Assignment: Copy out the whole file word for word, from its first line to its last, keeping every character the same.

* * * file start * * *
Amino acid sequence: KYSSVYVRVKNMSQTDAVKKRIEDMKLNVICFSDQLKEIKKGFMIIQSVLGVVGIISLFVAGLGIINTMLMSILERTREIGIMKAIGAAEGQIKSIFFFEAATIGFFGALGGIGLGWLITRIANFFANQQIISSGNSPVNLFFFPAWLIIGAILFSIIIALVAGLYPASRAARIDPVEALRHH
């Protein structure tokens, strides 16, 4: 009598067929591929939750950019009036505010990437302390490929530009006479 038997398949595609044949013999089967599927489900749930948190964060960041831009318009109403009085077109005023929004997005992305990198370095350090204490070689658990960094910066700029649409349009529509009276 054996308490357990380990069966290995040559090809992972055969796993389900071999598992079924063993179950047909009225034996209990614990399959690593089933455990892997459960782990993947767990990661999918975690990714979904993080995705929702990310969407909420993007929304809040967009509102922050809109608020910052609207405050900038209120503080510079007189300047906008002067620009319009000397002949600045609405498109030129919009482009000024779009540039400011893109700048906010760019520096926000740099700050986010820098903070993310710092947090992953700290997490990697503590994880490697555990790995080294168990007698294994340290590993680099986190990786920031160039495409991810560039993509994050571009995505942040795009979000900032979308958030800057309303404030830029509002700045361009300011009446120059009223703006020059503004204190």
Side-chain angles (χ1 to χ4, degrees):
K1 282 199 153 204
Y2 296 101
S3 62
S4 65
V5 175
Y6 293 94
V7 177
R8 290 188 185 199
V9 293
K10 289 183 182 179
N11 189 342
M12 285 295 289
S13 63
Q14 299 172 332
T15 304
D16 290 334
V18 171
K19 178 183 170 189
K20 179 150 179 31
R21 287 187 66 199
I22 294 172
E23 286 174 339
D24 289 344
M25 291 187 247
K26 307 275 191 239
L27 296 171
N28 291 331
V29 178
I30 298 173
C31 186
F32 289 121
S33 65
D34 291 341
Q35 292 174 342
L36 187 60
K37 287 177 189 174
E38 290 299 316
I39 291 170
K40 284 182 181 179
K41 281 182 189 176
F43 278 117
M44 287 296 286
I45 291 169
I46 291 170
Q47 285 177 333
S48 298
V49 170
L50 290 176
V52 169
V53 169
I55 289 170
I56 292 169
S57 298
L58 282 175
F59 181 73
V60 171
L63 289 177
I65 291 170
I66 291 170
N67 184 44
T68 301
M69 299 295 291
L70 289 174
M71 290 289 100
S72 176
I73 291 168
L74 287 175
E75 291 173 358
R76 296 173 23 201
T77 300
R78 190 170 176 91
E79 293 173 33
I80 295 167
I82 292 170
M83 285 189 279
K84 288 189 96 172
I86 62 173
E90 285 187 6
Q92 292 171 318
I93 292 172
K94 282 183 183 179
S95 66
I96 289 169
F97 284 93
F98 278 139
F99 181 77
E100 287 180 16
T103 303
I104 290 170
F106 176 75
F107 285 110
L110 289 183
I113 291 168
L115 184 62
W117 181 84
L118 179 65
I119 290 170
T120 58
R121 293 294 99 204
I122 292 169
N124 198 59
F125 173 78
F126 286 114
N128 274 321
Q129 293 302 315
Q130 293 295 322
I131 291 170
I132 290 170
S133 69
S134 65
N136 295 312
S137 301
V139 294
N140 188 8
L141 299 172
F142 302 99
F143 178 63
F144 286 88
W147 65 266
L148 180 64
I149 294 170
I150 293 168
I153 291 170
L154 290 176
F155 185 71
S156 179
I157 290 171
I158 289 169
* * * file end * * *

Amino acid sequence: KYSSVYVRVKNMSQTDAVKKRIEDMKLNVICFSDQLKEIKKGFMIIQSVLGVVGIISLFVAGLGIINTMLMSILERTREIGIMKAIGAAEGQIKSIFFFEAATIGFFGALGGIGLGWLITRIANFFANQQIISSGNSPVNLFFFPAWLIIGAILFSIIIALVAGLYPASRAARIDPVEALRHH
């Protein structure tokens, strides 16, 4: 009598067929591929939750950019009036505010990437302390490929530009006479 038997398949595609044949013999089967599927489900749930948190964060960041831009318009109403009085077109005023929004997005992305990198370095350090204490070689658990960094910066700029649409349009529509009276 054996308490357990380990069966290995040559090809992972055969796993389900071999598992079924063993179950047909009225034996209990614990399959690593089933455990892997459960782990993947767990990661999918975690990714979904993080995705929702990310969407909420993007929304809040967009509102922050809109608020910052609207405050900038209120503080510079007189300047906008002067620009319009000397002949600045609405498109030129919009482009000024779009540039400011893109700048906010760019520096926000740099700050986010820098903070993310710092947090992953700290997490990697503590994880490697555990790995080294168990007698294994340290590993680099986190990786920031160039495409991810560039993509994050571009995505942040795009979000900032979308958030800057309303404030830029509002700045361009300011009446120059009223703006020059503004204190």
Side-chain angles (χ1 to χ4, degrees):
K1 282 199 153 204
Y2 296 101
S3 62
S4 65
V5 175
Y6 293 94
V7 177
R8 290 188 185 199
V9 293
K10 289 183 182 179
N11 189 342
M12 285 295 289
S13 63
Q14 299 172 332
T15 304
D16 290 334
V18 171
K19 178 183 170 189
K20 179 150 179 31
R21 287 187 66 199
I22 294 172
E23 286 174 339
D24 289 344
M25 291 187 247
K26 307 275 191 239
L27 296 171
N28 291 331
V29 178
I30 298 173
C31 186
F32 289 121
S33 65
D34 291 341
Q35 292 174 342
L36 187 60
K37 287 177 189 174
E38 290 299 316
I39 291 170
K40 284 182 181 179
K41 281 182 189 176
F43 278 117
M44 287 296 286
I45 291 169
I46 291 170
Q47 285 177 333
S48 298
V49 170
L50 290 176
V52 169
V53 169
I55 289 170
I56 292 169
S57 298
L58 282 175
F59 181 73
V60 171
L63 289 177
I65 291 170
I66 291 170
N67 184 44
T68 301
M69 299 295 291
L70 289 174
M71 290 289 100
S72 176
I73 291 168
L74 287 175
E75 291 173 358
R76 296 173 23 201
T77 300
R78 190 170 176 91
E79 293 173 33
I80 295 167
I82 292 170
M83 285 189 279
K84 288 189 96 172
I86 62 173
E90 285 187 6
Q92 292 171 318
I93 292 172
K94 282 183 183 179
S95 66
I96 289 169
F97 284 93
F98 278 139
F99 181 77
E100 287 180 16
T103 303
I104 290 170
F106 176 75
F107 285 110
L110 289 183
I113 291 168
L115 184 62
W117 181 84
L118 179 65
I119 290 170
T120 58
R121 293 294 99 204
I122 292 169
N124 198 59
F125 173 78
F126 286 114
N128 274 321
Q129 293 302 315
Q130 293 295 322
I131 291 170
I132 290 170
S133 69
S134 65
N136 295 312
S137 301
V139 294
N140 188 8
L141 299 172
F142 302 99
F143 178 63
F144 286 88
W147 65 266
L148 180 64
I149 294 170
I150 293 168
I153 291 170
L154 290 176
F155 185 71
S156 179
I157 290 171
I158 289 169